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More than eight years of work by local leaders from Danville, Pittsylvania County and the City of Eden, N.C., culminated Thursday in a groundbreaking ceremony for the phase one development at Berry Hill Industrial Park.
The 3,500-acre park is located along Berry Hill Road in Pittsylvania County, a few miles west of the Danville city limits, and it is owned jointly by the City of Danville and Pittsylvania County through the Danville-Pittsylvania Regional Industrial Facility Authority (RIFA).
“This industrial park is an essential building block in the future of southern Virginia and northern North Carolina,” RIFA board chairman Sherman Saunders said Thursday. “Today, we are here to celebrate a milestone in its development. The journey to this point has had many twists and turns, but our resolve never wavered. Let us celebrate that here today.”
Saunders also stressed that partnerships among local, regional and state offices and agencies are imperative for projects of this magnitude.
“The partnerships formed in the beginning for this park remain in place today,” Saunders said. “We say ‘thank you’ to the state of North Carolina, the Golden Leaf Foundation and the City of Eden for dedicating significant funding toward water and sewer infrastructure that will serve this park. We also say ‘thank you’ to the Commonwealth of Virginia and the Virginia Tobacco Region Revitalization Commission for providing significant funding for site development and infrastructure improvements.”
Saunders and other RIFA leaders were joined at Thursday’s ceremony by Virginia Secretary of Commerce and Trade Todd Haymore and representatives from federal and state offices in Virginia and North Carolina, as well as representatives of two state tobacco commissions and local officials from Danville, Pittsylvania County, Eden and Rockingham County, N.C.
Haymore called the park a testament to what years of hard work and determination can provide. “As the largest industrial park in the Commonwealth and the fifth largest on the East Coast, this site will be an incredible asset for the Danville-Pittsylvania County region and the new Virginia economy as we market the region to companies looking to relocate or expand.”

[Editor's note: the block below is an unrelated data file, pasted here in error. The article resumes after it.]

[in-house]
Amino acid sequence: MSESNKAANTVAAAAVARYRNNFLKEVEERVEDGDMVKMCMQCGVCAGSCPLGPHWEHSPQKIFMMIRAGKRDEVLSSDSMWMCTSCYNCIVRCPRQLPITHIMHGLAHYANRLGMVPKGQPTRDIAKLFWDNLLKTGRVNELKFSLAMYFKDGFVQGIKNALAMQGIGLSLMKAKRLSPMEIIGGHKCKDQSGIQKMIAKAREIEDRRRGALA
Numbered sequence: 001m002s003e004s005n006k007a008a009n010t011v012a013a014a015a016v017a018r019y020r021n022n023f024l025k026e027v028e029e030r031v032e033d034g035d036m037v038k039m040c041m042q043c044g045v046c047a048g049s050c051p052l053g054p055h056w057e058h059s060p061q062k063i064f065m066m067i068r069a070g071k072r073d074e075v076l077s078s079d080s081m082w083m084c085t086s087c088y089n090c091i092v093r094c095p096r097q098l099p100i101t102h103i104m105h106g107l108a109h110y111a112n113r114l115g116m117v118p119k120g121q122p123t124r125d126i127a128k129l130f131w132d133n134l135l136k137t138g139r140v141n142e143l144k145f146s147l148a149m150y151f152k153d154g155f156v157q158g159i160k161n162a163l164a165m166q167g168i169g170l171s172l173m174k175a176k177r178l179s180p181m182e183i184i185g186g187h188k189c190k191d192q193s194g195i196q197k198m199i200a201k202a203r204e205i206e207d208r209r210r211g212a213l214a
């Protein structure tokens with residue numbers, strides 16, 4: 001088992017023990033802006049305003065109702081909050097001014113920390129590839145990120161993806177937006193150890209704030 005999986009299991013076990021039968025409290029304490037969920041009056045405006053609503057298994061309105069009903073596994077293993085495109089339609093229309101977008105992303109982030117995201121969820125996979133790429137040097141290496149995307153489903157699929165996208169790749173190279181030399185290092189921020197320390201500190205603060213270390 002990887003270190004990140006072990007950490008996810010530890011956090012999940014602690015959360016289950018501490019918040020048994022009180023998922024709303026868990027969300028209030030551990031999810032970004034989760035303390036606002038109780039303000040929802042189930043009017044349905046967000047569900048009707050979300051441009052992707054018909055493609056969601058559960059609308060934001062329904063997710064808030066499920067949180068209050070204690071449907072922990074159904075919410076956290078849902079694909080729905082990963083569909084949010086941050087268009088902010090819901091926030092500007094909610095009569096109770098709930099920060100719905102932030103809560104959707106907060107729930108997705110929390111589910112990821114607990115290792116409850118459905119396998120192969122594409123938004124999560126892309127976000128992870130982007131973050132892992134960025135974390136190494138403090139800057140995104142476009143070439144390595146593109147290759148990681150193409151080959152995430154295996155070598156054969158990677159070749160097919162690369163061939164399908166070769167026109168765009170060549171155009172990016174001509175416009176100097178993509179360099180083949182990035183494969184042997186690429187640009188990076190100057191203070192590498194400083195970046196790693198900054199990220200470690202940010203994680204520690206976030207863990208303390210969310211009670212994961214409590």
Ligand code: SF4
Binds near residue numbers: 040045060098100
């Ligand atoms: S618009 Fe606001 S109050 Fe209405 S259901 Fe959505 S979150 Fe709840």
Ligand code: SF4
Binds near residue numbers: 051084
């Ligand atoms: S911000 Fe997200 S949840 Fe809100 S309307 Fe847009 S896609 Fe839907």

Del. Danny Marshall, R-VA., added, “It is all about jobs. The vision and long-term planning for Berry Hill are coming together to create major moves in economic development for our region. I chair the Special Projects Committee of the Virginia Tobacco Commission that has helped to provide more than $29.8 million for the project. This effort is totally focused on bringing good jobs to our area.”
Danville Mayor John Gilstrap pointed out that a graded site would boost marketing efforts for the park. “We believe a graded site will be a game-changer,” Gilstrap said. “When complete, we will be able to show industrial prospects a site that is construction ready.”
Gilstrap continued, saying, “Danville and this region have seen significant change over the years. Textiles and tobacco no longer dominate the economy. However, we have endeavored to adapt – to reimagine success. We are making the transition to an economy with a diversified, forward-looking mix of businesses. Today’s groundbreaking is one more step in our efforts.”
Bob Warren, chairman of the Pittsylvania County Board of Supervisors, said the county is “both honored and humbled” to host the location of industrial park.
“Pittsylvania County’s vision and goal for Berry Hill Industrial Park has always been to collaboratively work together with our neighbors to create an employment and investment center that greatly assists the region in providing revenues needed for resident services while also creating jobs for our current and future workforce,” Warren said. “Pittsylvania County is both honored and humbled to have been entrusted by our regional and State partners to host the location of this site, and values its relationship with the many stakeholders and individuals that have been involved in getting us to this momentous occasion.”
Danville and Pittsylvania County have been working to develop this park since 2008. Until last year, efforts to secure a permit to grade the first pad were unsuccessful due to federal restrictions on speculative development. Due to those restrictions, RIFA reduced the size and impact of development plans in order to secure a state permit for a graded site.
Last month, RIFA’s board of directors awarded the contract for grading a 133-acre site at the park to Haymes Brothers Inc. of Chatham. The site will have four pads, the largest of which is 109 acres. RIFA will pay the $3.77 million cost for grading with money from the Virginia Tobacco Commission. The contractor will have 360 days to complete the project that will make a level, buildable site for development.